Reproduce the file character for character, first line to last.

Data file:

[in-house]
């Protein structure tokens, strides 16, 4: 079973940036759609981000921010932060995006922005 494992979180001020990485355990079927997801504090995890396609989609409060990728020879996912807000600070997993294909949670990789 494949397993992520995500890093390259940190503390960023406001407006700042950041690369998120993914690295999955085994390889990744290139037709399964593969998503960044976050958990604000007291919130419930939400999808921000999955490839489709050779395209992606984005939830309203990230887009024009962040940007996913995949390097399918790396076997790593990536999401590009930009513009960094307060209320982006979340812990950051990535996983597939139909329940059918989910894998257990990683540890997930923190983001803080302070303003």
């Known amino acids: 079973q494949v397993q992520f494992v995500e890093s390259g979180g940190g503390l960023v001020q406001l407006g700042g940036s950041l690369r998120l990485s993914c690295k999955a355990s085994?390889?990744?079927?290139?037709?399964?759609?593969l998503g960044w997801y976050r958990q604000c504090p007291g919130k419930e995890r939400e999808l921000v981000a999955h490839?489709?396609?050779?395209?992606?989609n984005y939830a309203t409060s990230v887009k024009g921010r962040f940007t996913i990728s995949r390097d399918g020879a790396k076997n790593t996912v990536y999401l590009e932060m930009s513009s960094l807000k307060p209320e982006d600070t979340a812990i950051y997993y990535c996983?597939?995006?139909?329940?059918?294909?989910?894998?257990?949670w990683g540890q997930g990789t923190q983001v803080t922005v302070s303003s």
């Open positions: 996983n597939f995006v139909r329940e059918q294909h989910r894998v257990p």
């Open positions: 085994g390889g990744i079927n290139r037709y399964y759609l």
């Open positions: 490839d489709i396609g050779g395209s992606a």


[in-house]
């Protein structure tokens, strides 16, 4: 079973940036759609981000921010932060995006922005 494992979180001020990485355990079927997801504090995890396609989609409060990728020879996912807000600070997993294909949670990789 494949397993992520995500890093390259940190503390960023406001407006700042950041690369998120993914690295999955085994390889990744290139037709399964593969998503960044976050958990604000007291919130419930939400999808921000999955490839489709050779395209992606984005939830309203990230887009024009962040940007996913995949390097399918790396076997790593990536999401590009930009513009960094307060209320982006979340812990950051990535996983597939139909329940059918989910894998257990990683540890997930923190983001803080302070303003």
């Known amino acids: 079973q494949v397993q992520f494992v995500e890093s390259g979180g940190g503390l960023v001020q406001l407006g700042g940036s950041l690369r998120l990485s993914c690295k999955a355990s085994?390889?990744?079927?290139?037709?399964?759609?593969l998503g960044w997801y976050r958990q604000c504090p007291g919130k419930e995890r939400e999808l921000v981000a999955h490839?489709?396609?050779?395209?992606?989609n984005y939830a309203t409060s990230v887009k024009g921010r962040f940007t996913i990728s995949r390097d399918g020879a790396k076997n790593t996912v990536y999401l590009e932060m930009s513009s960094l807000k307060p209320e982006d600070t979340a812990i950051y997993y990535c996983?597939?995006?139909?329940?059918?294909?989910?894998?257990?949670w990683g540890q997930g990789t923190q983001v803080t922005v302070s303003s």
């Open positions: 996983n597939f995006v139909r329940e059918q294909h989910r894998v257990p």
């Open positions: 085994g390889g990744i079927n290139r037709y399964y759609l």
């Open positions: 490839d489709i396609g050779g395209s992606a």